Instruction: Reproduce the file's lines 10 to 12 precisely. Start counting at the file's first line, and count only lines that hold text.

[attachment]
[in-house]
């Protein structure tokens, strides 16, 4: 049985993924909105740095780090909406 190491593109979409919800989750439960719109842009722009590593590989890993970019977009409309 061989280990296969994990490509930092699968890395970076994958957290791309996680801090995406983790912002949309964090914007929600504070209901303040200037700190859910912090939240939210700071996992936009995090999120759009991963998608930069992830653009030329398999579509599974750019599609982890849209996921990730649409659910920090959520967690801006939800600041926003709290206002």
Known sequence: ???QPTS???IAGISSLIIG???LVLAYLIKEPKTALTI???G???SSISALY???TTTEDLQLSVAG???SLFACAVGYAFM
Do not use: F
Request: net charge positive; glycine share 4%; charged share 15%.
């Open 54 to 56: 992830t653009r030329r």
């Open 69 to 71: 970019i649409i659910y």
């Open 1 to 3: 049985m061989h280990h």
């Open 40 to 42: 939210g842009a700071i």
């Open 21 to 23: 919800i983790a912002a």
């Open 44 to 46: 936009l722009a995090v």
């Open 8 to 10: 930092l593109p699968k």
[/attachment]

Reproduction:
């Open 21 to 23: 919800i983790a912002a």
């Open 44 to 46: 936009l722009a995090v």
């Open 8 to 10: 930092l593109p699968k």